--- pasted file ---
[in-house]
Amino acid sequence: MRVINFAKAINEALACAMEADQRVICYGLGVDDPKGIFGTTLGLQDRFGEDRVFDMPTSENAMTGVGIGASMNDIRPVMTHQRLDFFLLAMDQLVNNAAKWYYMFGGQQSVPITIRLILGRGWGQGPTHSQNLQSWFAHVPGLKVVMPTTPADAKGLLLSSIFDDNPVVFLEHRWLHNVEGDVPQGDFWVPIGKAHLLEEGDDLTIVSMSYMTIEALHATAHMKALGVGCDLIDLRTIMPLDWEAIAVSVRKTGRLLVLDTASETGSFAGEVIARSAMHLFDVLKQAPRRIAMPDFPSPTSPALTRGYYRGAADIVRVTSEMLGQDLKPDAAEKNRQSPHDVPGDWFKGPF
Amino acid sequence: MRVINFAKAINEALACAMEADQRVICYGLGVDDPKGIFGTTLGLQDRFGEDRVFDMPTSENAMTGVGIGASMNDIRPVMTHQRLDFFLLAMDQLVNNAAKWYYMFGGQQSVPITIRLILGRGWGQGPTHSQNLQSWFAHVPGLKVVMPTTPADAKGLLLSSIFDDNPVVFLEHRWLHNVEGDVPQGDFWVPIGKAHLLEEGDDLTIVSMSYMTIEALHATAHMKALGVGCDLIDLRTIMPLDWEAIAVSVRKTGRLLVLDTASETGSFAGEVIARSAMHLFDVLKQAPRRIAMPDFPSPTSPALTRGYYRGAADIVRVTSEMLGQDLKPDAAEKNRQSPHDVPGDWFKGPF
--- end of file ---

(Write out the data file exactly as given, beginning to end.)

[in-house]
Amino acid sequence: MRVINFAKAINEALACAMEADQRVICYGLGVDDPKGIFGTTLGLQDRFGEDRVFDMPTSENAMTGVGIGASMNDIRPVMTHQRLDFFLLAMDQLVNNAAKWYYMFGGQQSVPITIRLILGRGWGQGPTHSQNLQSWFAHVPGLKVVMPTTPADAKGLLLSSIFDDNPVVFLEHRWLHNVEGDVPQGDFWVPIGKAHLLEEGDDLTIVSMSYMTIEALHATAHMKALGVGCDLIDLRTIMPLDWEAIAVSVRKTGRLLVLDTASETGSFAGEVIARSAMHLFDVLKQAPRRIAMPDFPSPTSPALTRGYYRGAADIVRVTSEMLGQDLKPDAAEKNRQSPHDVPGDWFKGPF
Amino acid sequence: MRVINFAKAINEALACAMEADQRVICYGLGVDDPKGIFGTTLGLQDRFGEDRVFDMPTSENAMTGVGIGASMNDIRPVMTHQRLDFFLLAMDQLVNNAAKWYYMFGGQQSVPITIRLILGRGWGQGPTHSQNLQSWFAHVPGLKVVMPTTPADAKGLLLSSIFDDNPVVFLEHRWLHNVEGDVPQGDFWVPIGKAHLLEEGDDLTIVSMSYMTIEALHATAHMKALGVGCDLIDLRTIMPLDWEAIAVSVRKTGRLLVLDTASETGSFAGEVIARSAMHLFDVLKQAPRRIAMPDFPSPTSPALTRGYYRGAADIVRVTSEMLGQDLKPDAAEKNRQSPHDVPGDWFKGPF